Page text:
I never thought I’d start to sweat over the cost of leather conditioner.
Then again, I never thought I’d own over 20 pairs of boots.
And with that much leather lying around, the cost of conditioner really starts to add up.
That put me in search mode for a new conditioner that’s inexpensive, but still doesn’t darken the leather on my boots. I liked the way they looked when I first opened the box, so I prefer to keep them that way.
Which led me to Bick 4—the highly touted leather conditioner from Bickmore. After trying it out on several types of leather (vegetable tanned, Horween Chromexcel, and waxed rough-out), my verdict is in.
Scroll down for plenty of before and after photos so you can decide for yourself.
Bick 4 Leather Conditioner Overview
Bickmore leather care products have been around since 1882, and Bick 4 is their most popular offering by a long-shot.
Bick 4 has earned a reputation as one of the best low-cost leather conditioners, and for many folks, it’s the only product they use on their leather.
I certainly understand the sentiment—my experience with Bick 4 has been great, though I’m using it as a complement to other leather conditioners. It’s an excellent choice to give your leather a quick pick-me-up and restore some natural pliability.
It doesn’t provide any shine, contains no wax, and doesn’t darken your leather at all.
Things to Consider Before Buying Bickmore Bick 4
Bick 4 doesn’t seep into your leather, and it doesn’t provide much weather resistance. If you’re getting a work boot and you need a conditioner that’s going to weather-seal your boots, you’ll need a different product—something like Timberland Waximum Leather Protector will do the trick.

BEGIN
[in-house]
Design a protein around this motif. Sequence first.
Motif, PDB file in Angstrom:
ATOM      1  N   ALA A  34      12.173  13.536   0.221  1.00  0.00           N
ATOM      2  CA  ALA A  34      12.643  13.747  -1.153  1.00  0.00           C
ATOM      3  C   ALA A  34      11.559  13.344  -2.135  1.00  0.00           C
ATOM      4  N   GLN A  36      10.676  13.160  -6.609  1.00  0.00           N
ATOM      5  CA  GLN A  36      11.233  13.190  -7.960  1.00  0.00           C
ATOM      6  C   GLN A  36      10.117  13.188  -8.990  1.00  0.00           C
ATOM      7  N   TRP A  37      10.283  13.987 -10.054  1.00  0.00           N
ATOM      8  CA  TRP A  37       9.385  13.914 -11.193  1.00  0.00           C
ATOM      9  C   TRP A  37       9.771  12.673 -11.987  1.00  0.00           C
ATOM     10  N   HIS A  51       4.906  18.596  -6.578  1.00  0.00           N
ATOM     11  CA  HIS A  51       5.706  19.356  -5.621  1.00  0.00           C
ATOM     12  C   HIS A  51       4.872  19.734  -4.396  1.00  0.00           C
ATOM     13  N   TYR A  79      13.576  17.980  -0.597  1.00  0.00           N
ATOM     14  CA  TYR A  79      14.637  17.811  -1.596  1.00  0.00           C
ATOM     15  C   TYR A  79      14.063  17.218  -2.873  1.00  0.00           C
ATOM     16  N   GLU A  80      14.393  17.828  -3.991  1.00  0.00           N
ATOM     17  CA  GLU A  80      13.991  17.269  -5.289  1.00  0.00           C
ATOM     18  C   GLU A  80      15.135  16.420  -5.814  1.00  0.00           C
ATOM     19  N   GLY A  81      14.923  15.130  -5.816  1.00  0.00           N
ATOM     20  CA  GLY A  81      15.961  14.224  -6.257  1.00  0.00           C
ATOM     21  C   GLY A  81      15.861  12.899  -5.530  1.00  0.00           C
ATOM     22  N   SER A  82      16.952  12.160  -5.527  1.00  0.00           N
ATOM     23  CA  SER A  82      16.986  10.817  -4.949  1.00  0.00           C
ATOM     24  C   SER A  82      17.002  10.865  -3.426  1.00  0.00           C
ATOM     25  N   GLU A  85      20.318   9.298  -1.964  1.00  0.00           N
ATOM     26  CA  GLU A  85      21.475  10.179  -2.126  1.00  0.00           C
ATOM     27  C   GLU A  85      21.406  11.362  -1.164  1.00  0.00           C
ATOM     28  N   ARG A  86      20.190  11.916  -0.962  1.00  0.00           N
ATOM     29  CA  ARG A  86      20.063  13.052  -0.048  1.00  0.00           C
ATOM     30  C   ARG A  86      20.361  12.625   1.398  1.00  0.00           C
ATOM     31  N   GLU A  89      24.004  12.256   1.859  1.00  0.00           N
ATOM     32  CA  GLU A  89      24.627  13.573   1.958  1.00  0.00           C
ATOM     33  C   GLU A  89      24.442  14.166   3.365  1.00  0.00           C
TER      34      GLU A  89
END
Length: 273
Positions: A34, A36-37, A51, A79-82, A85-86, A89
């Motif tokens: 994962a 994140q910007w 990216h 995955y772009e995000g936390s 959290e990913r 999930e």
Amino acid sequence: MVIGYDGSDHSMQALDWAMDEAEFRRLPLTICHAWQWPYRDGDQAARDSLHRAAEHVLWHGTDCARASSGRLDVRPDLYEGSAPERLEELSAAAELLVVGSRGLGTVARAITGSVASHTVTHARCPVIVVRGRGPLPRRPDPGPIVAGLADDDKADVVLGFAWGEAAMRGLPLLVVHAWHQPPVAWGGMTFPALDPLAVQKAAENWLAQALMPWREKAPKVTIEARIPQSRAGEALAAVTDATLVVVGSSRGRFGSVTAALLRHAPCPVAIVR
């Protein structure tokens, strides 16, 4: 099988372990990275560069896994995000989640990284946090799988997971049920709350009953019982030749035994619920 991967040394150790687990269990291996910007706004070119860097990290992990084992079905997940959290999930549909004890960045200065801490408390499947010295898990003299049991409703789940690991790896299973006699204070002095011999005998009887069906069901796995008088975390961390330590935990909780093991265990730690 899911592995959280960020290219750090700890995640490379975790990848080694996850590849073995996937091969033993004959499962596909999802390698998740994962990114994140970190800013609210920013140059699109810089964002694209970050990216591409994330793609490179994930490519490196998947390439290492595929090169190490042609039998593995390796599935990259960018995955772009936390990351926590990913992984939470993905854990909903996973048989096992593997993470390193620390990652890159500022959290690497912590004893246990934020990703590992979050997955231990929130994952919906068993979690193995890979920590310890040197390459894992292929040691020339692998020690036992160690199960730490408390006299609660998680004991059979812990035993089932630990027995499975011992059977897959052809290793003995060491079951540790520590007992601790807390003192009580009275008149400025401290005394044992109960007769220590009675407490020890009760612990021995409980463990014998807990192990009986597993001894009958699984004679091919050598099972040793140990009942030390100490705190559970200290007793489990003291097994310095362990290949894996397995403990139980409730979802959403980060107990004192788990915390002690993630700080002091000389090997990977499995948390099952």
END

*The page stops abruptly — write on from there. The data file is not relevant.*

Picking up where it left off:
That said, wax-based leather conditioners can darken the leather and prevent proper conditioning in the future. That’s why I always recommend getting a separate boot for working. Because you can use a conditioner that’s up to the task of replenishing your leather after hard weeks of tough work-wear.
Bick 4 shouldn’t be used on suede, though you don’t have to leave it in the boot-world. Bick 4 works on leather bags, purses, etc.
Bick 4 Review
So how does Bick 4 stack up against some other popular leather conditioners?
My long-time go-to has been Venetian Leather Balm because it does an excellent job at rehydrating leather, and it doesn’t change the color of the leather much (a few shades darker, but the leather usually lightens back up in a week or so).
To test out Bick 4, I tried it on four types of leather: Horween Chromexcel, vegetable tanned, waxed rough out leather (Horween Waxed Flesh), and Thursday Boots Rugged and Resilient leather.
This gives a pretty fair representation of most boots on the market, and should answer the majority of questions you have on Bick 4 (though please write a comment below if you have any more!).
Honestly, Bick 4 performed just about the same on all four leathers I tried it on. Between the Horween Chromexcel, vegetable tanned leather, and waxed rough-out (also Horween in this example), the leather conditioning was light.
It did darken the Thursday Rugged and Resilient leather a bit, but only for a day or two. So ultimately, I’d say the conditioning level was the same here, too.
Bick 4 doesn’t penetrate into the leather very deep, which isn’t a terrible thing. In fact, for the waxed rough-out leather, this is a desirable trait.
Bick 4 was least effective on Horween Chromexcel. That leather is super rich and packed with oils and waxes, and if you have some old beat up Chromexcel boots, using Bick 4 would be a bit like putting out a fire with a cup of water.
In my case, though, I tend to condition often. Like every 3 months. So I don’t need (or even necessarily want) a heavy-duty leather conditioner. Adding a little conditioner every 3 months helps keep my boots fresh and new-looking without oversaturating the leather.